Students choose a topic, find and record data, calculate a line of best fit, and use a scatter plot to make a prediction. Example: Student Jumping Ability

This includes: Title on Graphs, Labels, and Appropriate Units Used on Graphs.

Lots of Oopsies!

Graphs appear messy and thrown together in a hurry. Nothing on the graphs is labeled.

Just a Tad More...

Lines are neatly drawn but the graphs appear quite plain. Labels are used to explain axes.

You've Got It!

Graphs are neat and relatively attractive. Labels are used and it's easy to understand data.

What? Did someone say PRO?

Graphs are exceptionally well designed, neat, and attractive. Titles are used, as well as labels.

Line of Best Fit & 1 Equation

Line is drawn well and accurately. One equation (for either a linear positive or linear negative correlation) has been correctly written.

Lots of Oopsies!

Lines on graphs are drawn free-handed and correlations are not evident.

The student did not create one equation based off of y = mx + b on either the positive or negative correlation graph.

Just a Tad More...

Lines on graph are drawn neatly; however, they don't fit the given correlation.

And/or The student did not create an accurate y = mx + b equation for a + / - correlation graph.

You've Got It!

Lines are drawn relatively straight and correlations are evident.

The equation written in the form of y = mx + b, is an accurate representation of the +/- correlation on his/her graph.

What? Did someone say PRO?

Lines are drawn exceptionally well and correlations are clearly evident.

The student's equation is superbly written, correctly identifying the slope and y-intercept.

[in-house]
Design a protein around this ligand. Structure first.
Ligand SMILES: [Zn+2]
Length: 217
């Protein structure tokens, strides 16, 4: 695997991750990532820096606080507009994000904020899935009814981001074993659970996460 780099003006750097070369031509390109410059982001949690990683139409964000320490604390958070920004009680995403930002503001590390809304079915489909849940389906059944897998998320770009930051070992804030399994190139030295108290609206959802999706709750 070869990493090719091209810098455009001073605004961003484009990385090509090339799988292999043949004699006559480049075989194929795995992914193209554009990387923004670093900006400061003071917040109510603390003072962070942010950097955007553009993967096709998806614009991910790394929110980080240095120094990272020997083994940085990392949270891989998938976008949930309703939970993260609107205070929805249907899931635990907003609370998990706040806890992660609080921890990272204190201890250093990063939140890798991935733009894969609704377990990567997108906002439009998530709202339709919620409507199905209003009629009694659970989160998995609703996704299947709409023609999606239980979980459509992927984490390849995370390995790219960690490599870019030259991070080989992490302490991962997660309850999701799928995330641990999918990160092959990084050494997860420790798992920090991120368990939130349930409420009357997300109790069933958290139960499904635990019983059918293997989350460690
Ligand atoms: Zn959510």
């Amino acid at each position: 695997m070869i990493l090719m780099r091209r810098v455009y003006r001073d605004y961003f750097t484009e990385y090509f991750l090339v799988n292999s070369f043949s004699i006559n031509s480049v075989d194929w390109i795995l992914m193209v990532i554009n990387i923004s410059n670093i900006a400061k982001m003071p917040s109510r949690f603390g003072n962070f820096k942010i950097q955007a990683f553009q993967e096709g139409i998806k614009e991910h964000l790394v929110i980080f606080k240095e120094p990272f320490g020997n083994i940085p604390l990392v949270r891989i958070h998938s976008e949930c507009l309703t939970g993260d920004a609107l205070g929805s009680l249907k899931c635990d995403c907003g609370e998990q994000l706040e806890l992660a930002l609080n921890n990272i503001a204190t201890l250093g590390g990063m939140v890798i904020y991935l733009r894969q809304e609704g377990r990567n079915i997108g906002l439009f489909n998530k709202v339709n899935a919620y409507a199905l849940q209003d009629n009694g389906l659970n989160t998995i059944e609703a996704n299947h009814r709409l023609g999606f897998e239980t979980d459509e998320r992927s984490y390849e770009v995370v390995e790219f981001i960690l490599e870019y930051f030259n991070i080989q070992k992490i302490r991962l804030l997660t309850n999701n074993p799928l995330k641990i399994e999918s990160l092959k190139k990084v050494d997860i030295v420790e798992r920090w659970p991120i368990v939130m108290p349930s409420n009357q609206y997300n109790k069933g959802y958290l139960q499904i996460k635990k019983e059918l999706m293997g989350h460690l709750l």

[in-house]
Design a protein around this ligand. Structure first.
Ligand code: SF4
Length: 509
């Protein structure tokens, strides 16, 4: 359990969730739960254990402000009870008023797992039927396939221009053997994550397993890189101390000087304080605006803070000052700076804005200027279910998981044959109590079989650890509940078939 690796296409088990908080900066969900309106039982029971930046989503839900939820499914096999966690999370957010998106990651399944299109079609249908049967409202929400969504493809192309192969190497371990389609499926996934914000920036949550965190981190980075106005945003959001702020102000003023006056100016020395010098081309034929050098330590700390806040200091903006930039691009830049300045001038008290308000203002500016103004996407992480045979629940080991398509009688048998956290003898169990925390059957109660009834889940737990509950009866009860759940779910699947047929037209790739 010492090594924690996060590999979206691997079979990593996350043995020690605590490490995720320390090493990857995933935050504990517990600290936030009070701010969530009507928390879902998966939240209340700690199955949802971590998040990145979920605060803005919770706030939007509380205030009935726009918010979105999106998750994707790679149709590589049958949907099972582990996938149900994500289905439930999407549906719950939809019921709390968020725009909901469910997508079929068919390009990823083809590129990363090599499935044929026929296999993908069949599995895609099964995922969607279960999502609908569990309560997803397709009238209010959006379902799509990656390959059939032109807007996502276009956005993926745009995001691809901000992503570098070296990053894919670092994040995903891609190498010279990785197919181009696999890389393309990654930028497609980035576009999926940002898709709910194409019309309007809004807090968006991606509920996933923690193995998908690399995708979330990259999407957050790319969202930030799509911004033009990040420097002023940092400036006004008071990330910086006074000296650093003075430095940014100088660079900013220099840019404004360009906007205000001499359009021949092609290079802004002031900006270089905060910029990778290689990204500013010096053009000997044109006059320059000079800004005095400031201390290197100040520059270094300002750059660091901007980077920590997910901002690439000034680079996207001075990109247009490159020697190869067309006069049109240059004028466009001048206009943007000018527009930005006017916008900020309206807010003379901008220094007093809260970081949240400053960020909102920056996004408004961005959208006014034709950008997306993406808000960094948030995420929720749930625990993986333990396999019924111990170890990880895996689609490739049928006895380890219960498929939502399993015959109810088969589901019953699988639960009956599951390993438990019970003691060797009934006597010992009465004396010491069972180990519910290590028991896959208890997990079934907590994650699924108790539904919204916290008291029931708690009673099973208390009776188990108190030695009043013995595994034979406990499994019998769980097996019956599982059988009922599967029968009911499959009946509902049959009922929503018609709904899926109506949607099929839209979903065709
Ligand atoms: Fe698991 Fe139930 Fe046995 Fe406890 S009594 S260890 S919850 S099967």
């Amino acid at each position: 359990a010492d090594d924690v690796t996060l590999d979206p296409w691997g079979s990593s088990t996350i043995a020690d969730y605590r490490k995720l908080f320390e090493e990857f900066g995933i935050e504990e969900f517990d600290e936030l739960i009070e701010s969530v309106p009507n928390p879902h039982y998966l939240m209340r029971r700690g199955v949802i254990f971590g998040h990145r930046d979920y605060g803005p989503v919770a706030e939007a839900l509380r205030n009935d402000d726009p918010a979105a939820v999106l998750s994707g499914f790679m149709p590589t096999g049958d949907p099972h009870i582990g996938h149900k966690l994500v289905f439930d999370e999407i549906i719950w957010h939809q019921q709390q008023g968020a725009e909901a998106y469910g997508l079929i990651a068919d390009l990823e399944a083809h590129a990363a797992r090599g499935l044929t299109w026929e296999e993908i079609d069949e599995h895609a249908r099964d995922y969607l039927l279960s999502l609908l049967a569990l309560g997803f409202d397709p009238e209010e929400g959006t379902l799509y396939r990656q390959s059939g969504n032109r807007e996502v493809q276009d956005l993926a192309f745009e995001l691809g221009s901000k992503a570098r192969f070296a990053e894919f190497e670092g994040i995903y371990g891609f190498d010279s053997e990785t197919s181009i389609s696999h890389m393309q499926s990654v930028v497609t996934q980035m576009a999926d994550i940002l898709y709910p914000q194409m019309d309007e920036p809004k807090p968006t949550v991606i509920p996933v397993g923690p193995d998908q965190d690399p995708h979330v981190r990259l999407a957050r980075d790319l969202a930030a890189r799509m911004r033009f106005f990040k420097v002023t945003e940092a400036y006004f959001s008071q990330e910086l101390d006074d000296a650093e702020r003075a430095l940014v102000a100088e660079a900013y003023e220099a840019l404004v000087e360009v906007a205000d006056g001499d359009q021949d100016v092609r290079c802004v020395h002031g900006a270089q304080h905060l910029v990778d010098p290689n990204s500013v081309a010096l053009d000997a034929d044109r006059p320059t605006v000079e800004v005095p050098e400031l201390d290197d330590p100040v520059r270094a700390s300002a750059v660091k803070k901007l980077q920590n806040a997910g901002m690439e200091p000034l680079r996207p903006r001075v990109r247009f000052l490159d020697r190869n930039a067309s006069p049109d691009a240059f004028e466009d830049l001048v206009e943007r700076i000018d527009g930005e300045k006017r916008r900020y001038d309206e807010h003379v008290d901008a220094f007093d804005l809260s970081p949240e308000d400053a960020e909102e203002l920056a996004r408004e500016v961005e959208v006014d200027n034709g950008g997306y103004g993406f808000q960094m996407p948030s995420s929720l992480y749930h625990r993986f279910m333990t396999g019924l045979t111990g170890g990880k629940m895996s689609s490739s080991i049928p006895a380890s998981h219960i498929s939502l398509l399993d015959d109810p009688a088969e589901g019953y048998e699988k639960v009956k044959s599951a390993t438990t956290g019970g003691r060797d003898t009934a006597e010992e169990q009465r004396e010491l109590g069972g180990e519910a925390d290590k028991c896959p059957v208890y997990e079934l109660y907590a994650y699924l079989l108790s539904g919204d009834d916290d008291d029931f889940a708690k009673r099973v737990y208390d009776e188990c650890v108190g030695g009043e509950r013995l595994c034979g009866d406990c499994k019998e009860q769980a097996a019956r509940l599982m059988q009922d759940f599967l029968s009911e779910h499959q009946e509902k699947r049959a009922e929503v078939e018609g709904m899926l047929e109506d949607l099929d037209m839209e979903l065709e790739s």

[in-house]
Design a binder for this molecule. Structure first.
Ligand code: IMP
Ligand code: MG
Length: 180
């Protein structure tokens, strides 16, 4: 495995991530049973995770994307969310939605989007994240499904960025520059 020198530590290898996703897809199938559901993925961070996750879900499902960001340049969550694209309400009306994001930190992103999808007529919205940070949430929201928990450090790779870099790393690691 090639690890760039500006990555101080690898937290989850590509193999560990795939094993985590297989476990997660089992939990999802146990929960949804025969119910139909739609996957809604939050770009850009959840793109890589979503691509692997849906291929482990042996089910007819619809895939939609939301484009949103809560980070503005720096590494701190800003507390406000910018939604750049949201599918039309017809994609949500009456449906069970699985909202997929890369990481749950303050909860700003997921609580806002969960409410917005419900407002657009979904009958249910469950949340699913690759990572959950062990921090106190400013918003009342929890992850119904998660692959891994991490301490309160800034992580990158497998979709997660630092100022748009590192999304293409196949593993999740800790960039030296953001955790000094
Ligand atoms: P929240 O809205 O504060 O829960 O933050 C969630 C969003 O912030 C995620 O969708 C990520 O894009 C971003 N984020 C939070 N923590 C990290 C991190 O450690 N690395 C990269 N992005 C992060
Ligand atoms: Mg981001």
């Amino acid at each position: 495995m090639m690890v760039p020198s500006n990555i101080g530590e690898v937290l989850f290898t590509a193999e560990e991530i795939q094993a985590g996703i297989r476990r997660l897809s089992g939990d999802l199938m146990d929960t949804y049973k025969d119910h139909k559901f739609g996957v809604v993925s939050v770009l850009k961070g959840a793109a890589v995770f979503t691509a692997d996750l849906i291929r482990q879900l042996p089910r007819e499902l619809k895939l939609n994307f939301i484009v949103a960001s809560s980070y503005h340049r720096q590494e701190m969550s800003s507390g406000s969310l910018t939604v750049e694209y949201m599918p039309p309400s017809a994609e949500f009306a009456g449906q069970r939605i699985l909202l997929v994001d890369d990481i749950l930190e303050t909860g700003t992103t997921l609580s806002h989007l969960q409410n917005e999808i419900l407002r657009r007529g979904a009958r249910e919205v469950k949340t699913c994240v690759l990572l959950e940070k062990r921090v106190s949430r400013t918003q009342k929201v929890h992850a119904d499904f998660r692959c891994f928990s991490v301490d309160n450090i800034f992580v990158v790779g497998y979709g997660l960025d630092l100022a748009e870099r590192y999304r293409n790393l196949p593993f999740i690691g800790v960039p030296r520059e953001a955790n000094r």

Predictions

A prediction regarding a point not listed on the trend line or graph is given for both the positive and negative linear correlation graphs.

Example: At 12 minutes, the height will be _____.

Lots of Oopsies!

No predictions are given.

Just a Tad More...

Very basic predictions are given with little thought put into it.

You've Got It!

Predictions make sense and fit data appropriately.

What? Did someone say PRO?

Much thought was put into the predictions, and they are very closely correlated to data.

Correlation

Correlation makes sense and is realistic. The student determines the correlation type:
1) nonlinear, linear, or no correlation,
2) positive or negative correlation( for linear/nonlinear only) , and
3) strong or weak (linear/nonlinear, only).

Lots of Oopsies!

The student completely misinterpreted the correlations. The three criteria were incorrect.

Just a Tad More...

The student misinterpreted most of the correlation types: Only 1-2 were identified correctly.

You've Got It!

The student correctly interpreted all three correlation criterion.

What? Did someone say PRO?

The student identified the three criterion and also provided a rationale.